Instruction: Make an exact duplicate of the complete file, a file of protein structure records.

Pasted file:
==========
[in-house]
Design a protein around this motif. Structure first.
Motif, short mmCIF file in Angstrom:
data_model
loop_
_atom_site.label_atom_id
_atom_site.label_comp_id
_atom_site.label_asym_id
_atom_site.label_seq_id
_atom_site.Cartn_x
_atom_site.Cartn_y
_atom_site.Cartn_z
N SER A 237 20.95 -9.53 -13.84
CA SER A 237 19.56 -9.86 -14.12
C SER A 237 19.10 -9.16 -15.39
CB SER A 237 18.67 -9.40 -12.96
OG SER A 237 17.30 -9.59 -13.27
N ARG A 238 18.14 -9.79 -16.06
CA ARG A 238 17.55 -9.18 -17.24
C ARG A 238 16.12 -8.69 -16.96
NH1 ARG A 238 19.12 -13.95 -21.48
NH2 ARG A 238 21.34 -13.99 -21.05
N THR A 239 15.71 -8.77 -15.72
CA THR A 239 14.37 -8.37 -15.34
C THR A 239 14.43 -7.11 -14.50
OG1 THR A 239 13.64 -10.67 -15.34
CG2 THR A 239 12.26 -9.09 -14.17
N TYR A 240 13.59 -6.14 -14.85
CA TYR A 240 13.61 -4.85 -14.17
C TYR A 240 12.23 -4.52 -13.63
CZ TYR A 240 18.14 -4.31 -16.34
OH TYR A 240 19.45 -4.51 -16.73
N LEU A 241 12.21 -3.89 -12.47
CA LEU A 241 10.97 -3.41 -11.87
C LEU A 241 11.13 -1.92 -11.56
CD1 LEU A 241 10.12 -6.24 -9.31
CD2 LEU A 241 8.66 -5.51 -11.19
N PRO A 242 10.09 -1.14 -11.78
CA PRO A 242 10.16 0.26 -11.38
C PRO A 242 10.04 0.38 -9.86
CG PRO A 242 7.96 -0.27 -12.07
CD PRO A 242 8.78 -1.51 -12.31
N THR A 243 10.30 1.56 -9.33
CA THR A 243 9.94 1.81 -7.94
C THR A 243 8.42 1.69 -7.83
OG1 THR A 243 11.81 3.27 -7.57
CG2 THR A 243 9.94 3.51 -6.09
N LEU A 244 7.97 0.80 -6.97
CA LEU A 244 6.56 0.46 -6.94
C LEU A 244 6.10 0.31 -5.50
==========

[in-house]
Design a protein around this motif. Structure first.
Motif, short mmCIF file in Angstrom:
data_model
loop_
_atom_site.label_atom_id
_atom_site.label_comp_id
_atom_site.label_asym_id
_atom_site.label_seq_id
_atom_site.Cartn_x
_atom_site.Cartn_y
_atom_site.Cartn_z
N SER A 237 20.95 -9.53 -13.84
CA SER A 237 19.56 -9.86 -14.12
C SER A 237 19.10 -9.16 -15.39
CB SER A 237 18.67 -9.40 -12.96
OG SER A 237 17.30 -9.59 -13.27
N ARG A 238 18.14 -9.79 -16.06
CA ARG A 238 17.55 -9.18 -17.24
C ARG A 238 16.12 -8.69 -16.96
NH1 ARG A 238 19.12 -13.95 -21.48
NH2 ARG A 238 21.34 -13.99 -21.05
N THR A 239 15.71 -8.77 -15.72
CA THR A 239 14.37 -8.37 -15.34
C THR A 239 14.43 -7.11 -14.50
OG1 THR A 239 13.64 -10.67 -15.34
CG2 THR A 239 12.26 -9.09 -14.17
N TYR A 240 13.59 -6.14 -14.85
CA TYR A 240 13.61 -4.85 -14.17
C TYR A 240 12.23 -4.52 -13.63
CZ TYR A 240 18.14 -4.31 -16.34
OH TYR A 240 19.45 -4.51 -16.73
N LEU A 241 12.21 -3.89 -12.47
CA LEU A 241 10.97 -3.41 -11.87
C LEU A 241 11.13 -1.92 -11.56
CD1 LEU A 241 10.12 -6.24 -9.31
CD2 LEU A 241 8.66 -5.51 -11.19
N PRO A 242 10.09 -1.14 -11.78
CA PRO A 242 10.16 0.26 -11.38
C PRO A 242 10.04 0.38 -9.86
CG PRO A 242 7.96 -0.27 -12.07
CD PRO A 242 8.78 -1.51 -12.31
N THR A 243 10.30 1.56 -9.33
CA THR A 243 9.94 1.81 -7.94
C THR A 243 8.42 1.69 -7.83
OG1 THR A 243 11.81 3.27 -7.57
CG2 THR A 243 9.94 3.51 -6.09
N LEU A 244 7.97 0.80 -6.97
CA LEU A 244 6.56 0.46 -6.94
C LEU A 244 6.10 0.31 -5.50